When Abigail Evans saw her mom was crying, she draped her arm around her back and scooted closer to her as the two held hands, simultaneously clutching a Capitol Dome toy.
Abigail, 7, and her brother Logan Evans, 9, watched Tuesday as congressional leaders and President Joe Biden lauded their late father’s heroism, at a ceremony in the Capitol Rotunda where he lay in honor. Capitol Police Officer William “Billy” Evans, 41, died April 2 after Noah Green slammed a car into him and Officer Kenny Shaver.
As Abigail listened to Speaker Nancy Pelosi’s remarks, she dropped the Capitol Dome toy onto the ground. Biden, who was sitting close by Evans’ family, got up from his seat, walked a few paces and bent down to grab the toy, and handed it back to her.
“Logan and Abigail, no words are adequate. We can only imagine your sadness, but we hope it’s a comfort to you that so many now know about your dad and know that he is a hero. That his name will always be on our lips and his memory in our hearts,” Pelosi said, adding, “And that the president of the United States is picking up one of your distractions.”
Biden spoke directly to the family, making eye contact with Janice Evans, Billy’s mother, the two children and their mother, Shannon Terranova. The president said Billy was just like people he grew up with, characterizing him as tough and loyal.
“He was the one who, just like folks I grew up with, wasn’t capable of saying no when you needed him,” Biden said.
Biden, who has been a presence on Capitol Hill since being elected to the Senate in 1972, said there has never been more strain and responsibility on the Capitol Police.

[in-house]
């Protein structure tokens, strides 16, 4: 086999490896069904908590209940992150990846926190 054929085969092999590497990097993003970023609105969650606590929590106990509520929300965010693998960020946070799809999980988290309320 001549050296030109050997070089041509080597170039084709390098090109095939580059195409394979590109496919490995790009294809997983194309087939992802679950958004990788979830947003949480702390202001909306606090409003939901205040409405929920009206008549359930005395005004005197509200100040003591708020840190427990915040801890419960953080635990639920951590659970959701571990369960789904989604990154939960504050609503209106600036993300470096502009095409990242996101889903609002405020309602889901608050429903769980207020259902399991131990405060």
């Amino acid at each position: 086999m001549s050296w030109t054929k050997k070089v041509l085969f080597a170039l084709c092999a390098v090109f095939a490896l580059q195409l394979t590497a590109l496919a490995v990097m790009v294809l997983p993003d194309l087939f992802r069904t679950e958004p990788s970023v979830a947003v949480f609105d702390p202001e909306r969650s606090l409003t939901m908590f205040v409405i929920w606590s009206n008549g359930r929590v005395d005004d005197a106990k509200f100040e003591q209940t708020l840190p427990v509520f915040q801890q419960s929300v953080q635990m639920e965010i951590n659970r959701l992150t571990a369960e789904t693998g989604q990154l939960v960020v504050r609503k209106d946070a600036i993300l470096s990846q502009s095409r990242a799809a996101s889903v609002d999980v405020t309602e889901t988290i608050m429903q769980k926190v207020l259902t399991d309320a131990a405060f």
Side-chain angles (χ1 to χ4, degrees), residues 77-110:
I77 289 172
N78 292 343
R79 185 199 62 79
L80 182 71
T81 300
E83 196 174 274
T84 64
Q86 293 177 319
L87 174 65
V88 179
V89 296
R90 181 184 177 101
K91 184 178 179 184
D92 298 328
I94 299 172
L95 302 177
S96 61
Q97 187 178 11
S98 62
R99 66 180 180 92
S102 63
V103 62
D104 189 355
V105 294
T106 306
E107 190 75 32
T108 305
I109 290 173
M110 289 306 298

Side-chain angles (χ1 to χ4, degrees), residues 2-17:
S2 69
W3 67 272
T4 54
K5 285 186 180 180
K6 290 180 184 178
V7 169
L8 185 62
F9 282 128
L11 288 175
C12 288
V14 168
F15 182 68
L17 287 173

It has been a year of tremendous loss and trauma for the force. Officer Brian Sicknick died as a result of injuries he sustained defending the Capitol from pro-Trump insurrectionists on Jan. 6. Days later, Officer Howard Liebengood died by suicide. Eighty officers were seriously injured in the riot and many more are living through severe trauma that day caused.
Shaver, the officer who was injured by the same car that killed Evans, was at the memorial in a suit and had a walking boot on his left leg. He rose to pay respects to Evans, alongside acting Capitol Police Chief Yogananda Pittman.
Biden, who has buried two of his children, told the family that memories of Billy will make them feel as if they just got the phone call informing them of his death. He said it will get better, that the times of grief will become more spaced out as time goes on and implored them to hold their family tightly.
“As long as you have them (Logan and Abigail), you’ve got Billy,” the president said as Logan was wearing his father’s police officer hat.
Biden said he prays that one day the family will have a memory of Billy and smile before crying, something the president said takes time but will surely come.
“He’s still with you,” Biden said. “He’s still in your heart.”
In the department’s almost 200-year history, six officers have died in the line of duty, including Evans and Sicknick. The other four are Sgt. Christopher S. Eney, Officer Jacob J. Chestnut, Det. John M. Gibson and Sgt. Clinton J. Holtz. Eney was accidentally shot during a training exercise in 1984, and Holtz died after a cardiac event while on duty in 2014. Chestnut and Gibson were murdered by a gunman attempting to force his way into the Capitol in 1998.
Evans is the sixth person and the fourth Capitol Police officer to have lain in honor in the Capitol Rotunda, a designation for those who are not government or military officials, such as the late civil rights activist Rosa Parks. Sicknick was honored in the same manner as Evans in early February. The late Rev. Billy Graham, Chestnut and Gibson round out the six.
Officer Clarence, a Saint Bernard from the Greenfield Police Department in Massachusetts, was present to work as a comfort dog during the memorial.
Katherine Tully-McManus contributed to this report.